EB Roessler served on the City Council from 7/20/1951 to 4/20/1957.
He co-authored a book with Maynard Amerine entitled "Wines—Their Sensory Evaluation" that established the modern wine critic nomenclature, among other things. Prior to their book, almost all wine writing consisted of anthropomorphic description: "course," "masculine," "noble." Their book argued that wines should be described in a food-based nomenclature, using words describing specific fruits, textures, vegetables, etc. See Why wine writers talk that way for some more.
(excerpt from UC Davis Magazine)
Roessler, Edward Biffer (1902-1993)
UC Davis Professor of Mathematics and statistician at the Experiment Station working closely with enologists.
Subject: Viticulture and Enology
Namesake: Roessler Hall
Renaissance man. Reading about Edward Roessler is like reading about a whole roomful of people. In a University of California career that spanned 60 years, Roessler taught mathematics and statistics, co-authored a book with Maynard Amerine on the sensory evaluation of wine (and was a wine judge for the California State Fair for 20 years), was the architect for a number of Davis homes (five of them on College Park), played the violin, wrote another book (this one a textbook on probability and statistics), chaired the Department of Mathematics and was UC's dean of University Extension. And his contributions weren't confined to campus: At various times Roessler was the assessor for the City of Davis, a member of both the Planning Commission and the Davis City Council, an elder of the Davis Community Church and president of the Rotary Club; in 1957, he received the C.A. Covell Trophy for Community Service.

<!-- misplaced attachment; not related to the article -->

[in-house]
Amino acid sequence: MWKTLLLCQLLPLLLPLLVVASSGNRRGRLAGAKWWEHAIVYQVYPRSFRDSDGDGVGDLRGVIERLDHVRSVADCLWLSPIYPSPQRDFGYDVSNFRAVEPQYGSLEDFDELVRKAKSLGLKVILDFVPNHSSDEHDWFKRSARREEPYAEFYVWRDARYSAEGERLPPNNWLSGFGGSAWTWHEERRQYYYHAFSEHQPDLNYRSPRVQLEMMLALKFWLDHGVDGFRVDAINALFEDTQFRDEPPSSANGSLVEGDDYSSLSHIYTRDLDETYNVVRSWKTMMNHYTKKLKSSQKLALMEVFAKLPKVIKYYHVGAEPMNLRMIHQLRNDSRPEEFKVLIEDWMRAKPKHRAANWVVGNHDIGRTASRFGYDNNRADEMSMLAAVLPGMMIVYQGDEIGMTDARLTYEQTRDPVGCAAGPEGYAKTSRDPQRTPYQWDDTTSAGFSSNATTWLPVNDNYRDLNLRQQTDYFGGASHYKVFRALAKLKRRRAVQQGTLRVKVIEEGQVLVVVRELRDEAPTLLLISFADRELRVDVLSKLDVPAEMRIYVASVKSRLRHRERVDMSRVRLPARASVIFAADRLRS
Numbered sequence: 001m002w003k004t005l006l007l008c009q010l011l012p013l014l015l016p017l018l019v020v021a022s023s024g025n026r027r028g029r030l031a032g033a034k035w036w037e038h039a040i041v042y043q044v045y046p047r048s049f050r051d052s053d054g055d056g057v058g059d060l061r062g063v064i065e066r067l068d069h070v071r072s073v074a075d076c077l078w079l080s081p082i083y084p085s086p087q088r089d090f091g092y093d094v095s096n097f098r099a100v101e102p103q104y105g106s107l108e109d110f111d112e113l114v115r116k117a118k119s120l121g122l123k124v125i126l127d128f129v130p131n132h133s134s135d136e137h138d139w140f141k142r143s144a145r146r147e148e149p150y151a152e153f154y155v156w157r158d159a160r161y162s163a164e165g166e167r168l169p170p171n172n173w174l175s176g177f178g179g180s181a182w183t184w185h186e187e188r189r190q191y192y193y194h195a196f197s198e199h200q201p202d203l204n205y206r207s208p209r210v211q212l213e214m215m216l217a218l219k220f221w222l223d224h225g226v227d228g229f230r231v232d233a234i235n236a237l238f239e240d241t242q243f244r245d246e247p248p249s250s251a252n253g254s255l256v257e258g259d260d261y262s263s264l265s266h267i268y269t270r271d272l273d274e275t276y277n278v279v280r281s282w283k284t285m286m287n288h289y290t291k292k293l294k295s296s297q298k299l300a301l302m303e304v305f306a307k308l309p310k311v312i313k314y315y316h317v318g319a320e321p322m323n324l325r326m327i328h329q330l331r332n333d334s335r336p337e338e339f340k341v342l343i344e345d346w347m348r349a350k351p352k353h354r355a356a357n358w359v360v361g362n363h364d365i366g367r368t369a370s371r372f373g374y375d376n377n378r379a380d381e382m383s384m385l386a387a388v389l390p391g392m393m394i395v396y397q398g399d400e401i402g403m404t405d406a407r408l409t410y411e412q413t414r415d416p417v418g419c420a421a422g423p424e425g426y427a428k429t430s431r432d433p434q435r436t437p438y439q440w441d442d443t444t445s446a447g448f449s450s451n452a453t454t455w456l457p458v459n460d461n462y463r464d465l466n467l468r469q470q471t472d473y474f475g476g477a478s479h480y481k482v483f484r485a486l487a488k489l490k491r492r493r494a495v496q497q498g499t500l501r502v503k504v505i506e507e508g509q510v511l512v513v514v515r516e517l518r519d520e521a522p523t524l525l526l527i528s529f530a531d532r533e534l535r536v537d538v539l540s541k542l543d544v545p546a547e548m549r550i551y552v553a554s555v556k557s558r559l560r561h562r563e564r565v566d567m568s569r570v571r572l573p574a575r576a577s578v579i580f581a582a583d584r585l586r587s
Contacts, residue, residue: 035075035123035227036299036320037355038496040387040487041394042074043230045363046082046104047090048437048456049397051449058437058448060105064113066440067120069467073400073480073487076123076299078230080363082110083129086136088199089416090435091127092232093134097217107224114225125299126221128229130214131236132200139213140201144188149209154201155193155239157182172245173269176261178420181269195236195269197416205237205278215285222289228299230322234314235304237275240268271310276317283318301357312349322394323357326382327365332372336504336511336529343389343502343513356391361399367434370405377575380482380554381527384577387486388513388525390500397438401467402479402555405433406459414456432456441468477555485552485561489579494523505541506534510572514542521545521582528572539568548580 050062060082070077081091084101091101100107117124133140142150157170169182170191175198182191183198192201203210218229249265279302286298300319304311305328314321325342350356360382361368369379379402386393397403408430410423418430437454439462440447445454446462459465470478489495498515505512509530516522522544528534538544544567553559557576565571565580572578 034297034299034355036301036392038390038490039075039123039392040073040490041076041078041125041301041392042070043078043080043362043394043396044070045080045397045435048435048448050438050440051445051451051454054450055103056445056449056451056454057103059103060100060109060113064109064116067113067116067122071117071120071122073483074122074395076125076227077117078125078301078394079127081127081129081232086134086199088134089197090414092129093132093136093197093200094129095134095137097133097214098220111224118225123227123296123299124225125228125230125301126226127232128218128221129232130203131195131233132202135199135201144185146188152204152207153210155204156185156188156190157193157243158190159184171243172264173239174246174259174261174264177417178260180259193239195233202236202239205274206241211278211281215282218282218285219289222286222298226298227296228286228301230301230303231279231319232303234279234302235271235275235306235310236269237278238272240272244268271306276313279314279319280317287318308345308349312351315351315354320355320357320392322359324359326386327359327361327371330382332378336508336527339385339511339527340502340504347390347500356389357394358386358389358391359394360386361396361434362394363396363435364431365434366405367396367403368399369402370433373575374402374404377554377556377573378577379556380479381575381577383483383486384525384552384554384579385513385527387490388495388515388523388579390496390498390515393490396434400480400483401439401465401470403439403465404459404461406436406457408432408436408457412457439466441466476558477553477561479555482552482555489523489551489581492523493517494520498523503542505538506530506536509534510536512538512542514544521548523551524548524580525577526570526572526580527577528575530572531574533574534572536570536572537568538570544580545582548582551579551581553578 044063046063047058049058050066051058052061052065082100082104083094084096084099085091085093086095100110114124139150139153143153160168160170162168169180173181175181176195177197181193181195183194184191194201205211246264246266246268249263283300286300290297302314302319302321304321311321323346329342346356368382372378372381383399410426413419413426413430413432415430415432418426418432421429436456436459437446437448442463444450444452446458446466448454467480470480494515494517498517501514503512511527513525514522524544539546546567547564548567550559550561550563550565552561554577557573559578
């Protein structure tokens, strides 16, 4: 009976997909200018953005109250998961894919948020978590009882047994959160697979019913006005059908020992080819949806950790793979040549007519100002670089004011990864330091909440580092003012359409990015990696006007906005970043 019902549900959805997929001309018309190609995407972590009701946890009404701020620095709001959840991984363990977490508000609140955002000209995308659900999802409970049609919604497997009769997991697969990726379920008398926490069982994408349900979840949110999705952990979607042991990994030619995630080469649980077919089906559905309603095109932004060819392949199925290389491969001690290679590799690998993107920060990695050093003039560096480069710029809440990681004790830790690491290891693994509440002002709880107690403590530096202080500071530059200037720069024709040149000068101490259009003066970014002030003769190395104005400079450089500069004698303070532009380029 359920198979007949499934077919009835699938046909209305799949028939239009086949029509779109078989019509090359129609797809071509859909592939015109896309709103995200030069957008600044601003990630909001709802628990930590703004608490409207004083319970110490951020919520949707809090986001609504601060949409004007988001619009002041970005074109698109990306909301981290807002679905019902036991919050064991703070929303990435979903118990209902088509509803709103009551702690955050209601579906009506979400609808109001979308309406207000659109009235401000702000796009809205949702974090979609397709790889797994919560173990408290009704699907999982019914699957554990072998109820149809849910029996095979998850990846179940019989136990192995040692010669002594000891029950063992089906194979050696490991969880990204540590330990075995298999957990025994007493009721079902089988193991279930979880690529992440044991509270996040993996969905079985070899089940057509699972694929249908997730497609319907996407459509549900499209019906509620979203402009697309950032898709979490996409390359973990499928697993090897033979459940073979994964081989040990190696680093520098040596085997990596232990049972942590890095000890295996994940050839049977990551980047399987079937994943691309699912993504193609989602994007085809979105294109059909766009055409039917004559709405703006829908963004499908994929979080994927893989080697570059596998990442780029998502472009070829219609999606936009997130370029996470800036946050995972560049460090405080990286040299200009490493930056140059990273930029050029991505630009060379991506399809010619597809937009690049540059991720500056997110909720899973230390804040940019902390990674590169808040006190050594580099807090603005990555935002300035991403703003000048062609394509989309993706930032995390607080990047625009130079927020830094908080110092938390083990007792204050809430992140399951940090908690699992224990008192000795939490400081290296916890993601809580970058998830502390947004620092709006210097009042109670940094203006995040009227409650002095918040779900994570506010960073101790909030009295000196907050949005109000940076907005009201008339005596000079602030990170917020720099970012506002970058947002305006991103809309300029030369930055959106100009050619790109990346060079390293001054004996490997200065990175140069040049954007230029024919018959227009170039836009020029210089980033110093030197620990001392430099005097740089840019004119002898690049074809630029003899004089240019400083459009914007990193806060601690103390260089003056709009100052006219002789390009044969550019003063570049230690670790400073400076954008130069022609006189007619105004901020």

Known as a gifted teacher whose sense of humor made the oft-times difficult subject of mathematics accessible to his students, in 1978 Roessler was recognized by his Academic Senate colleagues with the Distinguished Teaching Award — eight years after he had 'officially' retired (he continued to teach part time until 1989). Speaking at a symposium honoring the teaching award recipients, Roessler noted that lectures should be presented with spirit: "Some of us shout so loudly in class that we keep the students awake," he joked.
In 1972 he was surprised to learn "reputedly by overhearing the news at a cocktail party" that the regents had honored his contributions by naming the campus's newest physics building Roessler Hall. "It's not an awfully big building, you know," he was reported to have remarked modestly. "But," he noted, "it is a nice little building." And indeed it is.
An avid and expert gardener, he cultivated camellias (no small feat in Davis!), roses, fruit trees, and more in a beautiful landscape at his home in College Park.